Poor execution distracts from the story’s important themes of female empowerment, tolerance, and inclusion.


Princess Marabel of Magikos goes on a quest to save her twin brother, Marco.

For their 13th birthday, royal twins Princess Marabel and Prince Marco (both white) attend a grand celebration to celebrate Marco, the Chosen One as predicted by the kingdom’s Book of Fate. Marabel loves her brother but feels second-rate, once again. When their aunt Mab (banished by the king to the Desolate Barrens, a separated part of Magikos) crashes the party and kidnaps Marco, Marabel, along with her white maid-cum–best friend, Ellie, and a talking unicorn named Floriano (whose plot purpose seems to be opening doors with his magical horn), nervously travels to the Desolate Barrens—a land populated by “Evils”—to rescue him. The three trudge through many derivative adventures borrowed from fairy tales and popular culture as they make their way to Mab’s castle. The story considers worthy, timely themes in Marabel’s realization that the creatures labeled “Evils” are only different, not wicked, and in her growing self-empowerment as she faces down danger and fear. These are unfortunately diluted by the story’s slack execution. Marabel indulges in the plot contrivance of self-doubting inner questioning on a tiresomely frequent basis, and there are several plot inconsistences. Many jokes based on popular/internet culture (“WizFi,” “Angry Pheonixes,” and “elfie,” for instance) are not well-integrated and feel gratuitous.

Poor execution distracts from the story’s important themes of female empowerment, tolerance, and inclusion. (Fantasy. 8-12)

Pub Date: Feb. 6, 2018

ISBN: 978-0-316-43399-0

Page Count: 304

Publisher: Little, Brown

Review Posted Online: Oct. 16, 2017

Kirkus Reviews Issue: Nov. 1, 2017

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Is this the end? Well, no…the series will stagger on through at least one more scheduled sequel.


From the Captain Underpants series , Vol. 9

Sure signs that the creative wells are running dry at last, the Captain’s ninth, overstuffed outing both recycles a villain (see Book 4) and offers trendy anti-bullying wish fulfillment.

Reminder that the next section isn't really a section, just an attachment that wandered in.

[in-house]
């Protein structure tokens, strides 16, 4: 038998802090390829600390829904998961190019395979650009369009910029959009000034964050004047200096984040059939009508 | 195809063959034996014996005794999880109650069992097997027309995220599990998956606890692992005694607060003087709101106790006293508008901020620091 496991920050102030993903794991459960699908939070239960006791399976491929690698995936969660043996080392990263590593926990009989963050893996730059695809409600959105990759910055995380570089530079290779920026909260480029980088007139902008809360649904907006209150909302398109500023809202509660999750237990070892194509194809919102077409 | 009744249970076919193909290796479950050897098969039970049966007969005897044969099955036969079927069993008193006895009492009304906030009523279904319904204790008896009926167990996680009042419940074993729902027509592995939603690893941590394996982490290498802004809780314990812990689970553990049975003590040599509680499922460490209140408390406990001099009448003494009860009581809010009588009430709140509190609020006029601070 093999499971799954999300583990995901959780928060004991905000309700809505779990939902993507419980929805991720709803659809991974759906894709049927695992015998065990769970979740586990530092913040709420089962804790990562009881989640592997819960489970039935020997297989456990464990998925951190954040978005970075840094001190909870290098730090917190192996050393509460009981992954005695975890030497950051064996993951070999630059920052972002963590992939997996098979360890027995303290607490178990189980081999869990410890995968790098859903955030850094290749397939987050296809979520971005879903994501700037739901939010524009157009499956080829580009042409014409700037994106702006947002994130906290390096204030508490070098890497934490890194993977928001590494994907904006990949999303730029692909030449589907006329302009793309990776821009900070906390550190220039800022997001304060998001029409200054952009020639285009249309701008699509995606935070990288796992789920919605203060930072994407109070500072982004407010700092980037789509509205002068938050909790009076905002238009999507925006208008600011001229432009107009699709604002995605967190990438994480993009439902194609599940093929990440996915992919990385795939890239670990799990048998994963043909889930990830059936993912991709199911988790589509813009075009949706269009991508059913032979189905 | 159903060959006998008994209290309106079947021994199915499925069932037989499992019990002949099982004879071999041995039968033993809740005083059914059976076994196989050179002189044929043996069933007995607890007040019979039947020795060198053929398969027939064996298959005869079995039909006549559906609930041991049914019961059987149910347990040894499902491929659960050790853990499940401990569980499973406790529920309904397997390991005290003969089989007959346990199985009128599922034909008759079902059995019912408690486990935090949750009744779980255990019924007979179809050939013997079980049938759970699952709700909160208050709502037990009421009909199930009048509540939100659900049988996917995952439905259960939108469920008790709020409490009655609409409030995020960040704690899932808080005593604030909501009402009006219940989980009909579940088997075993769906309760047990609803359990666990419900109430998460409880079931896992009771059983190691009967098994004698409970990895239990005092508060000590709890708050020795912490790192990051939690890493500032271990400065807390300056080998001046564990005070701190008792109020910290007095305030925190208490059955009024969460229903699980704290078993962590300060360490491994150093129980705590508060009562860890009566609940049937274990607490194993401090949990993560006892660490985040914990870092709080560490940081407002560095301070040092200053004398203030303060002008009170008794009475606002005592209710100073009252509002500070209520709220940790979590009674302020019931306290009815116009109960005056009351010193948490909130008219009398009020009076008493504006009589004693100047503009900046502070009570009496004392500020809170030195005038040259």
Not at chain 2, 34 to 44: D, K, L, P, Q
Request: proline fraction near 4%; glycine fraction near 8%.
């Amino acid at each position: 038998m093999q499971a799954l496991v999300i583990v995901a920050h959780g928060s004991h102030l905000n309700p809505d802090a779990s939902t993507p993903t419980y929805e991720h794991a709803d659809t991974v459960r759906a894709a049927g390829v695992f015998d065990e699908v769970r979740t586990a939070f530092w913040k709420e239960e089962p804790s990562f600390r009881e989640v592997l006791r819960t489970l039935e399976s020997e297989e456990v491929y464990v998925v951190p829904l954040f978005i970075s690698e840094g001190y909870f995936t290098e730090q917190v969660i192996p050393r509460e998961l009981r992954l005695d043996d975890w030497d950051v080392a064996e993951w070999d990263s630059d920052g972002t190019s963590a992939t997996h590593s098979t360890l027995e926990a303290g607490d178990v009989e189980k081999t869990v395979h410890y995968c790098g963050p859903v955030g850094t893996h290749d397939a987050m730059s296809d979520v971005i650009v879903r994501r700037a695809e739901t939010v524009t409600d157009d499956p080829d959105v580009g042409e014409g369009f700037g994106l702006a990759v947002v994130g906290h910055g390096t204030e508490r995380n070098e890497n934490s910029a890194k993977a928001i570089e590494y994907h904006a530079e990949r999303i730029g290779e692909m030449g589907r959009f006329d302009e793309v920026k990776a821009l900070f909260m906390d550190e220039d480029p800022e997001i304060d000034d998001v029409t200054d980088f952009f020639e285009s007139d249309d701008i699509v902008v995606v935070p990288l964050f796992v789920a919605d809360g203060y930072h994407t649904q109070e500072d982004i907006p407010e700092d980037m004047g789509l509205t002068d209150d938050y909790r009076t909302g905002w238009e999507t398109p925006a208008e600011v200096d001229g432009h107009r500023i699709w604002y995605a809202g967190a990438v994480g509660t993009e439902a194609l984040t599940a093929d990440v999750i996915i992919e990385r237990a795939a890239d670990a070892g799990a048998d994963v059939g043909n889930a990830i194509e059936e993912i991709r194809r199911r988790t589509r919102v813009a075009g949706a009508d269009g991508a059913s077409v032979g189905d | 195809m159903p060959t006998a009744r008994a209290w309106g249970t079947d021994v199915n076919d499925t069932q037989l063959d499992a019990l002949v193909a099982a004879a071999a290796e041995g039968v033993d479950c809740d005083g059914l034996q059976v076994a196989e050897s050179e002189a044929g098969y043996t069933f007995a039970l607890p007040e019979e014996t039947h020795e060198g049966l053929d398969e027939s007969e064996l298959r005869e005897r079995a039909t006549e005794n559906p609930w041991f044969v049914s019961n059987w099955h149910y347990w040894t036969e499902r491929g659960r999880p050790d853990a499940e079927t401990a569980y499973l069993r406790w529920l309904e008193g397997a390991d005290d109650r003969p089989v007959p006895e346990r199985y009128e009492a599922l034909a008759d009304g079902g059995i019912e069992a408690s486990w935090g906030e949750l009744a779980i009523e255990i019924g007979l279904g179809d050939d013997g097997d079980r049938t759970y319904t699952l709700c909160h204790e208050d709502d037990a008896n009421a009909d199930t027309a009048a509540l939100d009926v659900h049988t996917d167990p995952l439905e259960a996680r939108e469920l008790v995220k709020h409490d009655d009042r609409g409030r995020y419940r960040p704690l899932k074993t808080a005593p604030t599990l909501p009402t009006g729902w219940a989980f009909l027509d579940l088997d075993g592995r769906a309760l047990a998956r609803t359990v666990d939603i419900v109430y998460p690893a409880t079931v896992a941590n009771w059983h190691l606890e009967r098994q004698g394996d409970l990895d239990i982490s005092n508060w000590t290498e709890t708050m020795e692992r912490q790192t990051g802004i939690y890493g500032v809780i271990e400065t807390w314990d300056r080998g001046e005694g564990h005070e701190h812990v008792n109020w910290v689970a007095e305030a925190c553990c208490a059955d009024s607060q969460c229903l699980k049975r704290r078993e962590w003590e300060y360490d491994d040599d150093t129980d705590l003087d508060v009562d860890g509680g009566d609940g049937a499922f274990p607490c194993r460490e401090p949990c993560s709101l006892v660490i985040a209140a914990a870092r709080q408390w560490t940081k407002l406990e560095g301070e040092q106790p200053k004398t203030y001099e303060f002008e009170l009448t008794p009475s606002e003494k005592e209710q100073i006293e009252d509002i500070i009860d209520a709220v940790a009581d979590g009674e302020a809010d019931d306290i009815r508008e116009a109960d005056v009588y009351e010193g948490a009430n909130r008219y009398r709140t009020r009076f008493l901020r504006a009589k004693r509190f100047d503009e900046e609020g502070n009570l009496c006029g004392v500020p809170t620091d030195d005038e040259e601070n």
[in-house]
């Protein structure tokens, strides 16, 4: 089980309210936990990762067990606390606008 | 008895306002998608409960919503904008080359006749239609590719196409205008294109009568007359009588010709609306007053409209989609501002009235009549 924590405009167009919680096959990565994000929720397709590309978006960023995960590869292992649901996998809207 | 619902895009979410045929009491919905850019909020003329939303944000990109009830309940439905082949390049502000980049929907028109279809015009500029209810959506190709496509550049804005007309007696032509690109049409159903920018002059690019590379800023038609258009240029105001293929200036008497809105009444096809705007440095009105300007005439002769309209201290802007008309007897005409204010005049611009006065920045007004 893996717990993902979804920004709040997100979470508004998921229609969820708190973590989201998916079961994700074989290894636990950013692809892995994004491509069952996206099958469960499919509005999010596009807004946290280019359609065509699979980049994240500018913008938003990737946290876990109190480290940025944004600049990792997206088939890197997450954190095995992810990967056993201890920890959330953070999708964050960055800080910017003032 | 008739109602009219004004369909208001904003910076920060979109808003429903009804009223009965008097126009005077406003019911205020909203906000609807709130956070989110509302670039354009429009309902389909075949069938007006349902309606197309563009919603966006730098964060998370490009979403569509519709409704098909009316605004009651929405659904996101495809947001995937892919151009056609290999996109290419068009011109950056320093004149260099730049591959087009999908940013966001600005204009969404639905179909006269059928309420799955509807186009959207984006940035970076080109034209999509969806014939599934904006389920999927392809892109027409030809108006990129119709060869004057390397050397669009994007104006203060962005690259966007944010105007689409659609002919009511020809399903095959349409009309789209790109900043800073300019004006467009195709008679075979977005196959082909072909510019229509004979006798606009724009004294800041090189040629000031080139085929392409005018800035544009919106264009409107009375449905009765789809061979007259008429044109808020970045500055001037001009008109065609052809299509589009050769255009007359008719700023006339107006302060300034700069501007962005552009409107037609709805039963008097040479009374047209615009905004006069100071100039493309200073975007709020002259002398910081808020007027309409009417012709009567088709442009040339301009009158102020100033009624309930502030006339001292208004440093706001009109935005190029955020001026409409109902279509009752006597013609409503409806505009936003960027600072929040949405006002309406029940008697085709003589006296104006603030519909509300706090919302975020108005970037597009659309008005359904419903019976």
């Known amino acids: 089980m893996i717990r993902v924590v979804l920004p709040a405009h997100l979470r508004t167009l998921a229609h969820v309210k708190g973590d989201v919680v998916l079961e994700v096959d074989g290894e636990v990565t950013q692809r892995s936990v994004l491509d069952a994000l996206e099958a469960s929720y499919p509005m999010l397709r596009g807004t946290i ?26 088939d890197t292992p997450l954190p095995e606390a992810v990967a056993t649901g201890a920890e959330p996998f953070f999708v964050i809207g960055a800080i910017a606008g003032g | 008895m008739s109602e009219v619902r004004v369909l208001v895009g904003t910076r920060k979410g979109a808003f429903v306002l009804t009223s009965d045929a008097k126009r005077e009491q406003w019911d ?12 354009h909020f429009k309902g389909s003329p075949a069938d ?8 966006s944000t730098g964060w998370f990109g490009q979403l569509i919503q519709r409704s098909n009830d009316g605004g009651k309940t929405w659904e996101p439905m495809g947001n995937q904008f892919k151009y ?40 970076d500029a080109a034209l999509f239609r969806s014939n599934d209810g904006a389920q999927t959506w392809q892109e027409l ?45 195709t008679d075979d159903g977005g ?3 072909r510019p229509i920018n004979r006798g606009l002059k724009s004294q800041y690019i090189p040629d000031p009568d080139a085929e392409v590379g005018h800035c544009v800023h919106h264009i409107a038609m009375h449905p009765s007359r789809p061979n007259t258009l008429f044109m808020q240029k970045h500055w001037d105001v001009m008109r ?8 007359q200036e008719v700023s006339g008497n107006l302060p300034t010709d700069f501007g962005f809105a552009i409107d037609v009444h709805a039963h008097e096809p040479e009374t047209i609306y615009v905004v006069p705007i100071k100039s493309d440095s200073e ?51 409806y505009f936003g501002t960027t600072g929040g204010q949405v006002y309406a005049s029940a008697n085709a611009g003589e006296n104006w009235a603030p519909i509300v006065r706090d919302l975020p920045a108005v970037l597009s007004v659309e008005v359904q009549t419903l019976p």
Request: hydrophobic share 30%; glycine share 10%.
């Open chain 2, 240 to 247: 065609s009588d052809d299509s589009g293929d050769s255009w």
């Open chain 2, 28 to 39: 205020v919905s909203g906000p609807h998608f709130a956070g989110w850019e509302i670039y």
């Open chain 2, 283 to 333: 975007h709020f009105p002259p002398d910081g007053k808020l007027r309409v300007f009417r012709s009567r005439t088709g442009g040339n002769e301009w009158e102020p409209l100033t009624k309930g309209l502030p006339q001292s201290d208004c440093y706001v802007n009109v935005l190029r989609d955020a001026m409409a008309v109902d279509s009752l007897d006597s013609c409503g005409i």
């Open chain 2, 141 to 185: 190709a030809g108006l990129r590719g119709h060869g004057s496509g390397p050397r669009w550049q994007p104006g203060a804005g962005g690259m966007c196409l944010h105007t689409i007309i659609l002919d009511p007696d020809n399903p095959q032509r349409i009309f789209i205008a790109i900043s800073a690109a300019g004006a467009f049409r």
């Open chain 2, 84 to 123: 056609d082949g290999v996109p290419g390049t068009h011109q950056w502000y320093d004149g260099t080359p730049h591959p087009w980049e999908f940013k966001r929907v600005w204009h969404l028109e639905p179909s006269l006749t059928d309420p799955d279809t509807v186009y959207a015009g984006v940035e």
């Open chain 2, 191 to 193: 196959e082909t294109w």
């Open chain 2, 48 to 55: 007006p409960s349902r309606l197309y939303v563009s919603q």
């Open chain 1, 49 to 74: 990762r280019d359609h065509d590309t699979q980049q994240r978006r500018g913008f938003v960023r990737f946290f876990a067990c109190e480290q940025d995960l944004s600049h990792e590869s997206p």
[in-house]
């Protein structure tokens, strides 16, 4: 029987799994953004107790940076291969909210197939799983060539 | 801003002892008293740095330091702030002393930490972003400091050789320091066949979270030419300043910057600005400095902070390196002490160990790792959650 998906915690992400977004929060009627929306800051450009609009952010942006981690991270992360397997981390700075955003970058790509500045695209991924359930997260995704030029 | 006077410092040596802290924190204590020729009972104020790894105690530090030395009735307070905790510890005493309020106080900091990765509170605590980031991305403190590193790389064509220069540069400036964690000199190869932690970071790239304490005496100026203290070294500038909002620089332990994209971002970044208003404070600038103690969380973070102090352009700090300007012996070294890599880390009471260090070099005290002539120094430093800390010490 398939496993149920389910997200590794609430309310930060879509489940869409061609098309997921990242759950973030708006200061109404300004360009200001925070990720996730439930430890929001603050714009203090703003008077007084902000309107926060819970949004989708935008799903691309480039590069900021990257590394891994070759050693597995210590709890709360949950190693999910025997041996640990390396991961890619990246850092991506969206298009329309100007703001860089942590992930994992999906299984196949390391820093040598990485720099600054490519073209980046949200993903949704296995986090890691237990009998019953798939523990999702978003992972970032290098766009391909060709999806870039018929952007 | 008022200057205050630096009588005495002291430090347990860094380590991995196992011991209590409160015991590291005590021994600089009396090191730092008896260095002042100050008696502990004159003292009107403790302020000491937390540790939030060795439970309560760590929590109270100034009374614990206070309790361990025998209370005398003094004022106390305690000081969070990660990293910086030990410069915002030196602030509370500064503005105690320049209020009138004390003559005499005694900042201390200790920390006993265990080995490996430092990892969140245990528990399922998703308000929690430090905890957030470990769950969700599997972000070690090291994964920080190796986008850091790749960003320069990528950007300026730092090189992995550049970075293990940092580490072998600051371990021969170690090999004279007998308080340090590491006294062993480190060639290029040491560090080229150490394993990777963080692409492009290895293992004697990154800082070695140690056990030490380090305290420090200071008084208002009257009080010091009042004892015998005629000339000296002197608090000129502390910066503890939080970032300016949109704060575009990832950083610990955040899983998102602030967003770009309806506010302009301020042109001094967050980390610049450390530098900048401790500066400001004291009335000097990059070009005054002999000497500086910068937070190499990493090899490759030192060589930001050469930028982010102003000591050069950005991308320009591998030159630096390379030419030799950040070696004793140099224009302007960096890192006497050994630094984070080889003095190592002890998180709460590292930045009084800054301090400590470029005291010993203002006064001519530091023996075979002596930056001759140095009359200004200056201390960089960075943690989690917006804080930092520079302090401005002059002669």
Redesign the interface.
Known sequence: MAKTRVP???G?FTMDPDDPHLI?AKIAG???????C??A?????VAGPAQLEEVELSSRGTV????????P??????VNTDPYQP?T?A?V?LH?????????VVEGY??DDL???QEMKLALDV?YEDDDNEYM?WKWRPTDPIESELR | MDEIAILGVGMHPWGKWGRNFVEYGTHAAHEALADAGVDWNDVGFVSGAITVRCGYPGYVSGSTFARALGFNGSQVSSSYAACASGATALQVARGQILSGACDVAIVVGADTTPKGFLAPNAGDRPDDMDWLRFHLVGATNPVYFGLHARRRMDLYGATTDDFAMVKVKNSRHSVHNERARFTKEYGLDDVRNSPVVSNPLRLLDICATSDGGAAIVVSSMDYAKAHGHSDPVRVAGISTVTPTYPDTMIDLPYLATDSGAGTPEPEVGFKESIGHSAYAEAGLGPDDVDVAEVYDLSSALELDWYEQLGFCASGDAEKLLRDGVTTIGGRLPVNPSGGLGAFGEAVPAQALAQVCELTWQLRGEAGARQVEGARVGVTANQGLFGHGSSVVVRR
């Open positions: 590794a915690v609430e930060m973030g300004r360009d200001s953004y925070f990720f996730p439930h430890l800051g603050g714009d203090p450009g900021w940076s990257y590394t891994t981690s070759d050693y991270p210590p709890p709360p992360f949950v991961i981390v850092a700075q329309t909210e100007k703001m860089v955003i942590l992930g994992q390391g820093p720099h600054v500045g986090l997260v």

Not that there aren’t pranks and envelope-pushing quips aplenty. To start, in an alternate ending to the previous episode, Principal Krupp ends up in prison (“…a lot like being a student at Jerome Horwitz Elementary School, except that the prison had better funding”). There, he witnesses fellow inmate Tippy Tinkletrousers (aka Professor Poopypants) escape in a giant Robo-Suit (later reduced to time-traveling trousers). The villain sets off after George and Harold, who are in juvie (“not much different from our old school…except that they have library books here.”). Cut to five years previous, in a prequel to the whole series. George and Harold link up in kindergarten to reduce a quartet of vicious bullies to giggling insanity with a relentless series of pranks involving shaving cream, spiders, effeminate spoof text messages and friendship bracelets. Pilkey tucks both topical jokes and bathroom humor into the cartoon art, and ups the narrative’s lexical ante with terms like “pharmaceuticals” and “theatrical flair.” Unfortunately, the bullies’ sad fates force Krupp to resign, so he’s not around to save the Earth from being destroyed later on by Talking Toilets and other invaders…

Is this the end? Well, no…the series will stagger on through at least one more scheduled sequel. (Fantasy. 10-12)

Pub Date: Aug. 28, 2012

ISBN: 978-0-545-17534-0

Page Count: 304

Publisher: Scholastic

Review Posted Online: June 20, 2012

Kirkus Reviews Issue: July 15, 2012

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Classic action-packed, monster-fighting fun


From the Last Kids on Earth series , Vol. 1

It’s been 42 days since the Monster Apocalypse began, and 13-year-old Jack Sullivan, a self-proclaimed “zombie-fighting, monster-slaying tornado of cool” is on a quest to find and rescue his not-so-secret crush, June Del Toro, whether she needs it, wants it, or not.

Jack cobbles together an unlikely but endearing crew, including his scientist best friend, Quint Baker; Dirk Savage, Parker Middle School’s biggest bully; and a pet monster named Rover, to help him save the damsel in distress and complete the “ULTIMATE Feat of Apocalyptic Success.” Middle-grade readers, particularly boys, will find Jack’s pitch-perfect mix of humor, bravado, and self-professed geekiness impossible to resist. His sidekicks are equally entertaining, and it doesn’t hurt that there are also plenty of oozing, drooling, sharp-toothed monsters and zombies and a host of gizmos and gadgets to hook readers and keep them cheering with every turn of the page. Holgate’s illustrations play an integral role in the novel’s success. They not only bring Brallier’s characters to life, but also add depth and detail to the story, making plain just exactly how big Rover is and giving the lie to Jack’s “killer driving.” The marriage of text and illustration serves as a perfect example of what an illustrated novel can and should be.

Classic action-packed, monster-fighting fun (. (Graphic/horror hybrid. 8-12)

Pub Date: Oct. 13, 2015

ISBN: 978-0-670-01661-7

Page Count: 240

Publisher: Viking

Review Posted Online: July 22, 2015

Kirkus Reviews Issue: Aug. 15, 2015

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